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  1. 1. School of Computing & Informatics M. Sc in Computer Science & Networking By Chapter-04 Dr. Ananda Kumar K S M.Tech, Ph.D Associate Professor, School of Comp & Info Email: anandgdk@du.edu.et COET, Dilla University 1 Course Number CN6122 Course Title Advanced Network Security
  2. 2. CHAPTER-04 4.1 Fire walls 4.2 Access Methods 4.3 Security Attacks 4.4 Security Mechanisms 4.5 Secure Network Protocols-SSL & TLS COET, Dilla University 2
  3. 3.  A firewall is, in essence, a barrier between your network and the outside world.  At a minimum, it will filter incoming packets based on certain parameters such as packet size, source IP address, protocol, and destination port.  Linux and Windows (beginning with Windows XP and in all subsequent Windows versions) ship with a simple firewall.  For Windows, the firewall in Windows 7 was expanded to handle filtering both inbound and outbound traffic. COET, Dilla University 3
  4. 4.  In an organizational setting, need a dedicated firewall between your network and the outside world.  This might be a router that also has built-in firewall capabilities. (Cisco Systems is one company that is well known for high-quality routers and firewalls.) Or, it might be a server that is dedicated solely to running firewall software.  A firewall protects your computer by examining each information packet that travels over the network. Clues to a packet’s purpose can be read from its destination address. Firewalls contain a list of allowed and disallowed destinations and functions COET, Dilla University 4
  5. 5. A firewall filters packets flowing between a site and the rest of the Internet 5 COET, Dilla University
  6. 6. [BELL94b] lists the following design goals for a firewall:  All traffic from inside to outside, and vice versa, must pass through the firewall. This is achieved by physically blocking all access to the local network except via the firewall.  Only authorized traffic, as defined by the local security policy, will be allowed to pass. Various types of firewalls are used, which implement various types of security policies  The firewall itself is immune to penetration. This implies the use of a hardened system with a secured operating system. Trusted computer systems are suitable for hosting a firewall and often required in government applications. COET, Dilla University 6
  7. 7. 7  Firewalls can be set up to offer security services to many TCP/IP layers. The many types of firewalls are classified based on the network layer it offers services in and the types of services offered. They include: ◦ Packet Inspection Firewalls - are routers that inspects the contents of the source or destination addresses and ports of incoming or outgoing TCP,UDP, ICMP(Internet Control Message Protocol) packets being sent between networks and accepts or rejects the packet based on the specific packet policies set in the organization’s security policy. COET, Dilla University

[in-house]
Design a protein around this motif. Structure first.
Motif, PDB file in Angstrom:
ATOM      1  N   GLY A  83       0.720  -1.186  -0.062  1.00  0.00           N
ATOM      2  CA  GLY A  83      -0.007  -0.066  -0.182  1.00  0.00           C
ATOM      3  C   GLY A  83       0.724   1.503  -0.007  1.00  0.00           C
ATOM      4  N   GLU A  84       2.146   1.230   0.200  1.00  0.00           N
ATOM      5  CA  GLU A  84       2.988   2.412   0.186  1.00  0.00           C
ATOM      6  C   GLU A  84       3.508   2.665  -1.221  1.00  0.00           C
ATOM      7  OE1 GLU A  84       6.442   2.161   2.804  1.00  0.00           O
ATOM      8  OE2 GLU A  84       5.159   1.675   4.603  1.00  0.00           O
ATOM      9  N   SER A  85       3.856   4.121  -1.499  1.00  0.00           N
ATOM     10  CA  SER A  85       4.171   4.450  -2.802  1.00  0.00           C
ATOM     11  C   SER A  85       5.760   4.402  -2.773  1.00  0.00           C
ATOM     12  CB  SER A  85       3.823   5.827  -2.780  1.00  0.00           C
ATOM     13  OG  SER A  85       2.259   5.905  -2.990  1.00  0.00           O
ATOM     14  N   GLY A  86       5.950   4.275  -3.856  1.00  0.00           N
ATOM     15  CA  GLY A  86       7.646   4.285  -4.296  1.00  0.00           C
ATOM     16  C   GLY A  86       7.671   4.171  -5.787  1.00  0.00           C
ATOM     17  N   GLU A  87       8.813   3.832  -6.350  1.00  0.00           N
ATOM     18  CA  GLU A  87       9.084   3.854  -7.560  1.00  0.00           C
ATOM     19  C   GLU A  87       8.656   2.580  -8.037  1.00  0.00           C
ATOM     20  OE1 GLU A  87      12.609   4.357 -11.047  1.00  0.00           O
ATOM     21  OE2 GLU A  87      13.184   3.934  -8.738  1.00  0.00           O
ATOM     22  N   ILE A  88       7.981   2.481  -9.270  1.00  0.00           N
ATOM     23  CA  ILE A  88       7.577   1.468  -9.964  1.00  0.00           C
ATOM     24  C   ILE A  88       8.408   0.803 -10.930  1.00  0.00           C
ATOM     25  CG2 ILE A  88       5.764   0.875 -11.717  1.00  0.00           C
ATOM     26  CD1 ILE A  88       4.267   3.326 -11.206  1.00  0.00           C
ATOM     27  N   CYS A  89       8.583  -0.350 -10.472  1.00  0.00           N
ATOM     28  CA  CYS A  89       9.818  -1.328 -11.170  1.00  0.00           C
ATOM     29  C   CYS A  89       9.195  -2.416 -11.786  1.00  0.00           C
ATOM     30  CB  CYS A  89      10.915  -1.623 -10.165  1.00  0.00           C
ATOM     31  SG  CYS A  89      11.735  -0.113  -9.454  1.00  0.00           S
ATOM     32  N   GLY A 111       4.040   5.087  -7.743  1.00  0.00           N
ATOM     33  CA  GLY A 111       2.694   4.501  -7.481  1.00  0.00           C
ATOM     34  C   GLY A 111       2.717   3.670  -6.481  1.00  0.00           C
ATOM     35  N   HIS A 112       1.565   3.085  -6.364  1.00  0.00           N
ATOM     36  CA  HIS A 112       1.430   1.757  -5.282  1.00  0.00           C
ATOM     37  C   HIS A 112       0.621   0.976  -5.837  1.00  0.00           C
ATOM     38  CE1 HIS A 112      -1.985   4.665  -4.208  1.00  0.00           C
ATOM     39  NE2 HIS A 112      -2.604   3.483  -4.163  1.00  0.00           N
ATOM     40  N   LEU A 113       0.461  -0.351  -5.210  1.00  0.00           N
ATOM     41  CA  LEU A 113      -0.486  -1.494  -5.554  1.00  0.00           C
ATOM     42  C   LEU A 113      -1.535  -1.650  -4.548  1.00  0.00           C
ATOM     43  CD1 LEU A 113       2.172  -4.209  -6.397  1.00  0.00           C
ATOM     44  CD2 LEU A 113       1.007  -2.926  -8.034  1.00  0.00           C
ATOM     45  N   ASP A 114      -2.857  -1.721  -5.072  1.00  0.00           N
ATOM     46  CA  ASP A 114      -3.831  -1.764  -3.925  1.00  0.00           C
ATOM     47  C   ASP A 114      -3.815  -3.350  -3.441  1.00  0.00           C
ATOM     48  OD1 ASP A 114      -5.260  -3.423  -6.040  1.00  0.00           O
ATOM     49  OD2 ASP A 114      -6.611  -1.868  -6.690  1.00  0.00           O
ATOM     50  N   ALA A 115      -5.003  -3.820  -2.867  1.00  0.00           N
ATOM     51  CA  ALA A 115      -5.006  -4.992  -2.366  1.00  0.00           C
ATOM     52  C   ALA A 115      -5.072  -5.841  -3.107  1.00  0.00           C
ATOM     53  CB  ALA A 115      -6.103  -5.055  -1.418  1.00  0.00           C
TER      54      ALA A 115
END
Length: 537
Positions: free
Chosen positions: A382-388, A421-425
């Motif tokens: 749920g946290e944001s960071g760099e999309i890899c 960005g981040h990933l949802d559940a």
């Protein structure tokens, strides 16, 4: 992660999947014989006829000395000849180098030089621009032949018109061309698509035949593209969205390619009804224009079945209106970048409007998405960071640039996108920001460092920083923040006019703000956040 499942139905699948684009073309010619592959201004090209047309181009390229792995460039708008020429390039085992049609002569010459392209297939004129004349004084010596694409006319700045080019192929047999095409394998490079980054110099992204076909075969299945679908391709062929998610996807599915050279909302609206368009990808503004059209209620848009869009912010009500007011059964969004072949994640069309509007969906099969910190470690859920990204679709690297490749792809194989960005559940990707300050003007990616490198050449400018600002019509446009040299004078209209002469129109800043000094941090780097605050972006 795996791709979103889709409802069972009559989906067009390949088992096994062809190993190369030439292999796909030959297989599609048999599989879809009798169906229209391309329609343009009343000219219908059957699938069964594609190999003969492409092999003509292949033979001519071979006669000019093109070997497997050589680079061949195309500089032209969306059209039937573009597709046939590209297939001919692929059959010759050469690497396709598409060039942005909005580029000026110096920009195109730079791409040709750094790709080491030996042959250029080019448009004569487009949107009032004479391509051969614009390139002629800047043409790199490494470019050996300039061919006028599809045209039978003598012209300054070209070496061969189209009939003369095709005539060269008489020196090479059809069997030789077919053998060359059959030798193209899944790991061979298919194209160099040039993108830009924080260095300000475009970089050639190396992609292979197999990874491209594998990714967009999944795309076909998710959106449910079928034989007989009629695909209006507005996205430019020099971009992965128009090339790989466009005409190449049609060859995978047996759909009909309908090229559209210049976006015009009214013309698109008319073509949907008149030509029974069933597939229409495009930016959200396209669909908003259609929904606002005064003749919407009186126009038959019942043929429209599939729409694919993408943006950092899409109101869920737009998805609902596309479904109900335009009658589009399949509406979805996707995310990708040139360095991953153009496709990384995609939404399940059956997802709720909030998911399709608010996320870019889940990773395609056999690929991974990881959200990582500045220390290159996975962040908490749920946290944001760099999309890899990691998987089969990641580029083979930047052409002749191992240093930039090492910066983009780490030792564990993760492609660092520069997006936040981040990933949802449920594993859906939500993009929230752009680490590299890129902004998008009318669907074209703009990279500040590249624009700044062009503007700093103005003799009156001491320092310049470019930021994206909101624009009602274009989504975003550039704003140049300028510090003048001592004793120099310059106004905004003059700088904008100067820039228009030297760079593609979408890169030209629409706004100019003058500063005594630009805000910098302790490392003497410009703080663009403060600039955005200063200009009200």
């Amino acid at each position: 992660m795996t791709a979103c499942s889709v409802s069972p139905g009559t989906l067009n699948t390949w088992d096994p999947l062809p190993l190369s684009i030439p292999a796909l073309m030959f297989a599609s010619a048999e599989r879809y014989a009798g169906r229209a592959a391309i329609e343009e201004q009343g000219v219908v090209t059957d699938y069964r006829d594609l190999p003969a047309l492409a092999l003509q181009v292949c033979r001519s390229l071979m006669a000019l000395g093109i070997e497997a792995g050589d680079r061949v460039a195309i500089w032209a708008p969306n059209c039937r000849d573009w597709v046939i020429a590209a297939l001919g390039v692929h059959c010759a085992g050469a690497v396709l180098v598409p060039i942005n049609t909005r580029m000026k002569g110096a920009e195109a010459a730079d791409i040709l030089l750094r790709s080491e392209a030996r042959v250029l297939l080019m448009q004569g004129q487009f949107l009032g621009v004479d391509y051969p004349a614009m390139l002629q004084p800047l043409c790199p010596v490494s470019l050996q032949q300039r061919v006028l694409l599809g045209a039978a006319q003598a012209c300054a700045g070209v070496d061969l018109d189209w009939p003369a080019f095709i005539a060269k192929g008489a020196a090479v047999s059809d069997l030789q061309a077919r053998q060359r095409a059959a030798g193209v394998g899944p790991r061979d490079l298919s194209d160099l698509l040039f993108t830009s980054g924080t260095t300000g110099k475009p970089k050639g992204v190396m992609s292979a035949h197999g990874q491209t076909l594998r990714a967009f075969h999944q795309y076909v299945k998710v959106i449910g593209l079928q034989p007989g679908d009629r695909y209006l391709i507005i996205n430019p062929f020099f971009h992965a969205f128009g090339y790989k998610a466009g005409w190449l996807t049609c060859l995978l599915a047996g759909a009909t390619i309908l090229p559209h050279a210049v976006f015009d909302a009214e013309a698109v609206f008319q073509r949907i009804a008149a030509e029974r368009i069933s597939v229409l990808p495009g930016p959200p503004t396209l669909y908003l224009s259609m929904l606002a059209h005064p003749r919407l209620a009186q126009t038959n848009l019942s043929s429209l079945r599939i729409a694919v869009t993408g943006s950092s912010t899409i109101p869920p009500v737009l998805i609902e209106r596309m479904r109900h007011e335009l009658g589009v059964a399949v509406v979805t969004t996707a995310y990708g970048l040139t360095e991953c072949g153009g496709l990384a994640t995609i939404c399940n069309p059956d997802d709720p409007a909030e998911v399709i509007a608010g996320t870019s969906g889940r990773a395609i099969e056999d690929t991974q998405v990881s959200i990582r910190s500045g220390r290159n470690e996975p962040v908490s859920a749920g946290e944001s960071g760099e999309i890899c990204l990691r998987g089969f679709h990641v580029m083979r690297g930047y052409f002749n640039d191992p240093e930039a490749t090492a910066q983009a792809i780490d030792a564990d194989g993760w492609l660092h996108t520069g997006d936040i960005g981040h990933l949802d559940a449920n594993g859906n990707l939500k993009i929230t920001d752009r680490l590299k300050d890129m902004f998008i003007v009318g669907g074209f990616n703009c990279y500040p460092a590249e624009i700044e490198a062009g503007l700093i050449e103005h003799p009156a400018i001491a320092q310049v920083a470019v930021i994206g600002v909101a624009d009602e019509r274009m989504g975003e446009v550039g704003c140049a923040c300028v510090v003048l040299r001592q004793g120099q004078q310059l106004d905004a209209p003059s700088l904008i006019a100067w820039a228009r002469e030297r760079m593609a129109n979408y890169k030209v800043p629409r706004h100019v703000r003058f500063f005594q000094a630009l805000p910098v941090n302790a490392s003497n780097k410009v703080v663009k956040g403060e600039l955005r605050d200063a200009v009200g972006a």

8. 8. 8 Application Proxy Server: ◦ Filtering Based on Known Services - is a machine server that sits between a client application and the server offering the services the client application may want. ◦ It behaves as a server to the client and as a client to the server, hence a proxy, providing a higher level of filtering than the packet filter server by examining individual application packet data streams. COET, Dilla University
  9. 9. 9 Virtual Private Network (VPN) Firewalls  A VPN, is a cryptographic system including Point-to-Point Tunneling Protocol (PPTP), Layer 2 Tunneling Protocol (L2TP), and IPSec that carry Point-to-Point Protocol (PPP) frames across an Internet with multiple data links with added security.  The advantages of a VPN over non-VPN connections like standard Internet connections are:  VN technology encrypts its connections  Connections are limited to only machines with specified IP addresses. COET, Dilla University
  10. 10. 10 ◦ Small Office or Home (SOHO) Firewalls  A SOHO firewall is a relatively small firewall connecting a few personal computers via a hub, switch, a bridge, even a router on one side and connecting to a broadband modem like DSL or cable on the other. ◦ NAT Firewalls (Network Address Translation)  In a functioning network, every host is assigned an IP address.  In a fixed network where these addresses are static, it is easy for a hacker to get hold of a host and use it to stage attacks on other hosts within and outside the network.  To prevent this from happening, a NAT filter can be used. It hides all inside host TCP/IP information.  A NAT firewall actually functions as a proxy server by hiding identities of all internal hosts and making requests on behalf of all internal hosts on the network.  This means that to an outside host, all the internal hosts have one public IP address, that of the NAT. COET, Dilla University
  11. 11.  In the context of network security, access control is the ability to limit and control the access to host systems and applications via communications links.  To achieve this, each entity trying to gain access must first be identified, or authenticated, so that access rights can be tailored to the individual. Access Control Methods:  An interesting problem with security is that not only must information be protected from outsiders, it must sometimes be protected from insiders as well. COET, Dilla University 11
  12. 12. The term Access Control actually refers to the control over access to system resources after a user's account credentials and identity have been authenticated and access to the system granted. Various methods that control access to network environments are described in the following sections.  Discretionary access control (DAC)  Role-based access control (RBAC)  Mandatory access control (MAC)  Attribute Based Access Control (ABAC) COET, Dilla University 12